The reason I’m sick of it is because around 50% of the law blog items I’ve read in the last week or so have been about Twitter. Since Twitter is supposedly the wave of the future and law students are going to be practicing law in the future, I thought I’d mention it.
Twitter, for those of you who suck at technology, is “a free social networking and micro-blogging service that allows its users to send and read other users’ updates (otherwise known as tweets), which are text-based posts of up to 140 characters in length.”
Still don’t get it? Its like if every time you updated your Facebook status, your new status message was changed on Facebook like normal, but also texted to all of your Facebook friends’ phones, emailed to them, and/or added to their RSS feed.
There’s been a fairly heated debate (dramatically dubbed, “The Twitter Wars”) in the legal blogosphere about the importance of incorporating Twitter into one’s law practice. David Giacalone over at f/k/a fired a warning shot across the Twitter bow last week, essentially arguing that Twitter is a waste of time, a trend, and a distraction.
Giacalone’s missive apparently angered Kevin O’Keefe at Lex Blog, who immediately posted a reply which essentially called Giacalone ignorant and prejudiced and argued that Twitter was “adding a lot to many lawyers’ lives.” The argument for Twitter, according to Mr. O’Keefe, is that Twitter helps lawyers market themselves, obtain answers to questions, and enjoy the practice of law.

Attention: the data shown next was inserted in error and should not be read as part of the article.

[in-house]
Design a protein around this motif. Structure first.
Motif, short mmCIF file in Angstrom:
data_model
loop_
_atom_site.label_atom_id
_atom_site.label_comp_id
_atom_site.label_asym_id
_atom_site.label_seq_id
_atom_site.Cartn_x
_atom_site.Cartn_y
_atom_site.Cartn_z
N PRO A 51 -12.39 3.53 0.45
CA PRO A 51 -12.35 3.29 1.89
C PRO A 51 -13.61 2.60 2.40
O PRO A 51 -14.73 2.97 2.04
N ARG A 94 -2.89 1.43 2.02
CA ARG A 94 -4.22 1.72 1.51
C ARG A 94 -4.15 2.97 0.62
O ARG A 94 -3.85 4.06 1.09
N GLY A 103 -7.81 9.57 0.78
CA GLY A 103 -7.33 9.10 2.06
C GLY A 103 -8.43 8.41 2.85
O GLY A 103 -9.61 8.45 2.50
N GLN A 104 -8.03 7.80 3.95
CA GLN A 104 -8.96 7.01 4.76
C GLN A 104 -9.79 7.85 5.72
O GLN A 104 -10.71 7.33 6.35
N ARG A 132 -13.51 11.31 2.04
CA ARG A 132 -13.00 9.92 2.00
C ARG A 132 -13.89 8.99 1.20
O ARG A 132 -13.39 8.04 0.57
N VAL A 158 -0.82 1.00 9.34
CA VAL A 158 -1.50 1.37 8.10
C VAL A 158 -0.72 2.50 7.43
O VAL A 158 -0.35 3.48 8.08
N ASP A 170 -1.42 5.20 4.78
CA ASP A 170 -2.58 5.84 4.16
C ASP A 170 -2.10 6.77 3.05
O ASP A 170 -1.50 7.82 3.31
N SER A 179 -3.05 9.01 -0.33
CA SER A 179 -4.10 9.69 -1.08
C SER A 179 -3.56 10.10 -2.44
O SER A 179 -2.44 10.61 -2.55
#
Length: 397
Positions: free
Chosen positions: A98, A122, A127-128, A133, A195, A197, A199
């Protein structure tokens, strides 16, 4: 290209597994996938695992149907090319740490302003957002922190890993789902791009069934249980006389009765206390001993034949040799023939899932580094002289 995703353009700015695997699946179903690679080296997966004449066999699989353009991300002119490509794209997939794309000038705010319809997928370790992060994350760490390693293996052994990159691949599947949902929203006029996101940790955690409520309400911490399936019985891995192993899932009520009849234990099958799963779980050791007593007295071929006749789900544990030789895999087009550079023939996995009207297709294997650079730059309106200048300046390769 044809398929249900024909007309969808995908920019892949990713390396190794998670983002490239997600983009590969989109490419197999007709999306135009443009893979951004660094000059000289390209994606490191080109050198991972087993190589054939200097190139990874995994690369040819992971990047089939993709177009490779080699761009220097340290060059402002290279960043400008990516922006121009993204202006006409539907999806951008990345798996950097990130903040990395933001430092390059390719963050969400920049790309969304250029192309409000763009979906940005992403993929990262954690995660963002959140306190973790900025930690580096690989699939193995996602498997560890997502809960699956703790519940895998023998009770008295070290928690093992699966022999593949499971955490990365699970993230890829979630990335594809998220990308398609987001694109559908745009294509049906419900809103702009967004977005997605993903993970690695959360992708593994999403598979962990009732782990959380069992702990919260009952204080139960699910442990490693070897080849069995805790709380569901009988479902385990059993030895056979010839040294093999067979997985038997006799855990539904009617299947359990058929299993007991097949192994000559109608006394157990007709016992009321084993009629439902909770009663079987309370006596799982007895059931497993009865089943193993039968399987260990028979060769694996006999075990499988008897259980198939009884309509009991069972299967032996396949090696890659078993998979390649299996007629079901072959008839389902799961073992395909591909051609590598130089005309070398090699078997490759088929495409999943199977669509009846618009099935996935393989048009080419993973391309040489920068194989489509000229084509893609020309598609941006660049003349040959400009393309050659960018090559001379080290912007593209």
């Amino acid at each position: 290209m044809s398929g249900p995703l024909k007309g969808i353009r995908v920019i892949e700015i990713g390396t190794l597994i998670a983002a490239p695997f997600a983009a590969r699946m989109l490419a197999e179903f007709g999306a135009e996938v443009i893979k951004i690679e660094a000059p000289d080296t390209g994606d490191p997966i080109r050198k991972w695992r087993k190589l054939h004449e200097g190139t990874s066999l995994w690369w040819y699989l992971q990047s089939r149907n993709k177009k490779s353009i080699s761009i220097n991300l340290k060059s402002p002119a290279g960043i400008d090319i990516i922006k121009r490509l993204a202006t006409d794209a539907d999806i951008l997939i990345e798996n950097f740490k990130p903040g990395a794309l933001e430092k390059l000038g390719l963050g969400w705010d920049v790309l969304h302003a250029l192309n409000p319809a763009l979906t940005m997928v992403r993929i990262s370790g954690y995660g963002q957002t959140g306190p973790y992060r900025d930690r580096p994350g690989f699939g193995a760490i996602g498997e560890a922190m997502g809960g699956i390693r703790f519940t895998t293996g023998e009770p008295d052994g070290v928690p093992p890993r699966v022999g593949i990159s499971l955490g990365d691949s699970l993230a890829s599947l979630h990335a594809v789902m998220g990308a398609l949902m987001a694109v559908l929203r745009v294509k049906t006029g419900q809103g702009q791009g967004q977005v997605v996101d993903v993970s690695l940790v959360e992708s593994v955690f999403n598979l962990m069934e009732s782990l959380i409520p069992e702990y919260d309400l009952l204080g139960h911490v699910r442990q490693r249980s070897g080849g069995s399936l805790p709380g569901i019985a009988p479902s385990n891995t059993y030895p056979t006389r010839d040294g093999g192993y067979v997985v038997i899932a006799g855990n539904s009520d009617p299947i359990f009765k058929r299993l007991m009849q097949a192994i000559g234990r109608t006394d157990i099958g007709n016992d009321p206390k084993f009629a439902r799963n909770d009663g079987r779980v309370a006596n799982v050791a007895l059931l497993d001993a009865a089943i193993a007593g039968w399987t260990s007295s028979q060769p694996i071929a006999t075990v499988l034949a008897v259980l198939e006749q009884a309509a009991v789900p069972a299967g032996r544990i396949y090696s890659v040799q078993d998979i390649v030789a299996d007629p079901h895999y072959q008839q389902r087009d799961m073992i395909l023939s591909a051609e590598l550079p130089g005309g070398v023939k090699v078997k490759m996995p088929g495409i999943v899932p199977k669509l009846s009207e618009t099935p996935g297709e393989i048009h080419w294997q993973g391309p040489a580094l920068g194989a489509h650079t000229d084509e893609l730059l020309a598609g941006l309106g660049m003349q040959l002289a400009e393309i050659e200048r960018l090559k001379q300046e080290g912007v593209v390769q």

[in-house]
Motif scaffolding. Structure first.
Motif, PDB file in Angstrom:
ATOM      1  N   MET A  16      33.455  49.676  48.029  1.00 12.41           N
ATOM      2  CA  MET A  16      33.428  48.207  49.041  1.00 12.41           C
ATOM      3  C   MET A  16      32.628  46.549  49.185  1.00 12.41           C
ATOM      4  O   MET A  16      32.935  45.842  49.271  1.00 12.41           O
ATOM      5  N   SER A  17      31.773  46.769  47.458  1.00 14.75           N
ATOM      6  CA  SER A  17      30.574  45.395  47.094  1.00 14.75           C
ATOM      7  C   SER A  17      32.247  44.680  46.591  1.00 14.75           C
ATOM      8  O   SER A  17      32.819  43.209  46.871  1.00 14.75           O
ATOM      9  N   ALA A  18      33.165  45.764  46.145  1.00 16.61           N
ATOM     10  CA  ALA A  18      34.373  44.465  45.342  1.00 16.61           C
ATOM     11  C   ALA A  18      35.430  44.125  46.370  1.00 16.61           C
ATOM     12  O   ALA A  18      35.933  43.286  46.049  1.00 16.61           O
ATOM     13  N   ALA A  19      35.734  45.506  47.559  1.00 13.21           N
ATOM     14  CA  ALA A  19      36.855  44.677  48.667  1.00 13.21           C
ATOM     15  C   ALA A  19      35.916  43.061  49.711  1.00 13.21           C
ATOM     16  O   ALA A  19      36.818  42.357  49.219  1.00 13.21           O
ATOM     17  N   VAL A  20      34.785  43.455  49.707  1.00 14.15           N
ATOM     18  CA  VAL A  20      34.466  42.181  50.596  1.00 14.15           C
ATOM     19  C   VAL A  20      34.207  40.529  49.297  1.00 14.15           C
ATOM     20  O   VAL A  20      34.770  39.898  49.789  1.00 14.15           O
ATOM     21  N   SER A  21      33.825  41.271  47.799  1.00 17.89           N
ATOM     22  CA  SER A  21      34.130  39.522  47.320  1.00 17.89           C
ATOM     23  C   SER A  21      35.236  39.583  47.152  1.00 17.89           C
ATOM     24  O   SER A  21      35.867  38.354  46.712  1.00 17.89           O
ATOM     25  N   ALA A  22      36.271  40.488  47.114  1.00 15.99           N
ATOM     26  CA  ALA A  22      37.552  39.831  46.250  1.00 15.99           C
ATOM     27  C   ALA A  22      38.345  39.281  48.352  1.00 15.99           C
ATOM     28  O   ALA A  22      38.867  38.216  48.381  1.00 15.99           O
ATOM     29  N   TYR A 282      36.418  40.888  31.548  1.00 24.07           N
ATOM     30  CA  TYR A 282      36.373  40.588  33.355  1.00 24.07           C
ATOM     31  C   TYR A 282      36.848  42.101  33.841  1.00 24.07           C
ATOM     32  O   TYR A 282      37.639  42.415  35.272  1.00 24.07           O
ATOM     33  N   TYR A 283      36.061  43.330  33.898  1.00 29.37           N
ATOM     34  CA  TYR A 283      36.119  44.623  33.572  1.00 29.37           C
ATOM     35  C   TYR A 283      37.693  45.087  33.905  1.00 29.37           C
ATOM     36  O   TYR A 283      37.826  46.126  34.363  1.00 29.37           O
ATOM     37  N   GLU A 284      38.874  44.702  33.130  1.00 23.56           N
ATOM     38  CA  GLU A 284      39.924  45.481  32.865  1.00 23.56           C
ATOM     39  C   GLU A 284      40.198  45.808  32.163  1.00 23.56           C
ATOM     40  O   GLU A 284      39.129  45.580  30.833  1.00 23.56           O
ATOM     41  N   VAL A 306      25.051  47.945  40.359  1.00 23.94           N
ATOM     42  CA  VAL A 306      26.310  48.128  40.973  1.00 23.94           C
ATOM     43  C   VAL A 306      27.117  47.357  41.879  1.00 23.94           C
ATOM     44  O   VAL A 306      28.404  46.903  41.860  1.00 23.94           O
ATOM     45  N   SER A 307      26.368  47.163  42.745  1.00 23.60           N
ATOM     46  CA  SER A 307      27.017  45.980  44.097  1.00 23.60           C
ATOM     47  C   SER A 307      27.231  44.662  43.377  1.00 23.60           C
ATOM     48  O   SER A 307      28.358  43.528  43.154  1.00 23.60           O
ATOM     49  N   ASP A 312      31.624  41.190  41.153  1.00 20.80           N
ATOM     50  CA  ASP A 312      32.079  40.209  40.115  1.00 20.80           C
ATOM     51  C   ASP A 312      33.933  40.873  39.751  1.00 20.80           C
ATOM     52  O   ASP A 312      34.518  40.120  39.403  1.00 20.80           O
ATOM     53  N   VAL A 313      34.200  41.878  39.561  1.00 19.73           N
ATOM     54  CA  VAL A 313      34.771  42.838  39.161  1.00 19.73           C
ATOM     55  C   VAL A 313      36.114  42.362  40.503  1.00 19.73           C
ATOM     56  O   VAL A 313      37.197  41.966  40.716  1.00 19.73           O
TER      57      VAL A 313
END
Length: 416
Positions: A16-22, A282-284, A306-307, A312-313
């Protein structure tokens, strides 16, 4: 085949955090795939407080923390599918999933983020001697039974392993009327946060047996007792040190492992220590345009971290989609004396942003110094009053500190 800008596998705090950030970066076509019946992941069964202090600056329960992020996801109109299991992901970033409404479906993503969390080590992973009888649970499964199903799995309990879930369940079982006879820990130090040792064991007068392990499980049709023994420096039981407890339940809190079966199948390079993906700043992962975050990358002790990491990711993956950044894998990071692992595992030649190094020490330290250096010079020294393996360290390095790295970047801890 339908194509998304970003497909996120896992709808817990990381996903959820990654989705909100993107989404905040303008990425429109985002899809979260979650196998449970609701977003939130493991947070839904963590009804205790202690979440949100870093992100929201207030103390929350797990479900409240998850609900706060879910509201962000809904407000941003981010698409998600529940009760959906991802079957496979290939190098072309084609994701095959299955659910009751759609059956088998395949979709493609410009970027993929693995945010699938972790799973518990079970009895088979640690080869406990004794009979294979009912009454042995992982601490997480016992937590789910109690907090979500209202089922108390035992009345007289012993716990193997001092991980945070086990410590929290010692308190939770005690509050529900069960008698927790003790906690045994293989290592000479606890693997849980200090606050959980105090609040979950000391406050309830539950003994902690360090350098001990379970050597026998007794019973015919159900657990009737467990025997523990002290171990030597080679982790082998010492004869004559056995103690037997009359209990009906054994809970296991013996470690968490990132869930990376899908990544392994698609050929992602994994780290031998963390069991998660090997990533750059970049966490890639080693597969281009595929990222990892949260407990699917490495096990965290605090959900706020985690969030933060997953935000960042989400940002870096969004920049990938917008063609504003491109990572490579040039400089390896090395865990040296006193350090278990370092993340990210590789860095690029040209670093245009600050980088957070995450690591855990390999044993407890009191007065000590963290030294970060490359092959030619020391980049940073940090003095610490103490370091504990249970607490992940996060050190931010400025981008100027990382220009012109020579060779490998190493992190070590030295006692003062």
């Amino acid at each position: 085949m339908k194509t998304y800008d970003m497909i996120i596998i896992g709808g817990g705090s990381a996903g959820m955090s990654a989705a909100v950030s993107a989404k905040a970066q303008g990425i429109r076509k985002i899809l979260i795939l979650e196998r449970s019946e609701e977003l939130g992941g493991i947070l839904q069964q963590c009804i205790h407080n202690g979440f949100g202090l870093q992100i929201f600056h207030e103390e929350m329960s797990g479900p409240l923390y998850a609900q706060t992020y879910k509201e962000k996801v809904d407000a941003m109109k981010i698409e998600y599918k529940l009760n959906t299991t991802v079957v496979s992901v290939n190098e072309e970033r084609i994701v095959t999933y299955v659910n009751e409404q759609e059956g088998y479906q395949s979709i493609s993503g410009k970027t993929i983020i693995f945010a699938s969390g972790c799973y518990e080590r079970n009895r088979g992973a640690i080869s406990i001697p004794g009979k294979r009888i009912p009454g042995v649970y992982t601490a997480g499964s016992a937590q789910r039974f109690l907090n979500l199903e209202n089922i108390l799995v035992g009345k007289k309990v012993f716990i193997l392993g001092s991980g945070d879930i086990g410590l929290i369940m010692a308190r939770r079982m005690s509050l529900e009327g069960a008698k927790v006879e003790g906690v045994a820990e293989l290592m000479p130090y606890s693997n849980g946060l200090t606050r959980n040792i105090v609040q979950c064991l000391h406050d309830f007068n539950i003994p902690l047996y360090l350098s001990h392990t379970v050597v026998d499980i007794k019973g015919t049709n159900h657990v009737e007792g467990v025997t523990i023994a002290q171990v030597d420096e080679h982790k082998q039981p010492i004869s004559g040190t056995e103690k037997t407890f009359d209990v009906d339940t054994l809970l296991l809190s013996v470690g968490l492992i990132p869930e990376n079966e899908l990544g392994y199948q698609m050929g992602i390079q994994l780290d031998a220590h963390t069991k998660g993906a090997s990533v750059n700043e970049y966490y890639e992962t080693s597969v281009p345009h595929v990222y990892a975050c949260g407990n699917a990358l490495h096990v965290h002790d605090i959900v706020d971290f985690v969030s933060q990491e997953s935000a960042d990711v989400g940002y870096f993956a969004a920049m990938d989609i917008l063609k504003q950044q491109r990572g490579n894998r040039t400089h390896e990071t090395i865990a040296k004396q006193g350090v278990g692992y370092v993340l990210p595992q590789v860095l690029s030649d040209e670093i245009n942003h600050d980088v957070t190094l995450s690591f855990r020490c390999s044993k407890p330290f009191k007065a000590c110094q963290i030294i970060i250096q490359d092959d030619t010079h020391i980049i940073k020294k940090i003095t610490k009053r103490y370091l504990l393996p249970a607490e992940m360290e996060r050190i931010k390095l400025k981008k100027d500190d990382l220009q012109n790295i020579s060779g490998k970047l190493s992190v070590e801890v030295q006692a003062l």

As a typical technology-craving millennial, I understand the basic appeal of sites like Twitter. It’s thrilling to discover new technologies and put them to use in your daily life. I’m not sure I can get with this one, though.
For one thing, I don’t know anybody who actually uses Twitter, and it’s been around for a while. I signed up for it to check it out and I don’t think, even if people I knew were on it, that I’d really want to hear a one sentence explanation of what they were doing. I highly doubt that I would respond to their questions, and I don’t see how it helps your marketing presence to have people that already know about you receive brief updates on your thoughts and activities.
New technologies can absolutely help lawyers succeed in practice, but I don’t think Twitter will live up to all of the law blog hype it’s been getting. Someday we may spend as much of our time tweeting as we do blogging or screwing around on Facebook, but that Twitter time is not now.
Maybe, like Giacalone, I’m ignorant, but I’m not prejudiced. If you’re a law student and you buy into the Twitter prophecy, or you’re already a member of the Twitter revolution, then I guess you’ve got your bases covered. If not, it definitely doesn’t hurt to get acquainted with Twitter in case it does blow up in the professional world. These "wars," however, are getting pretty tiresome. Give peace a chance.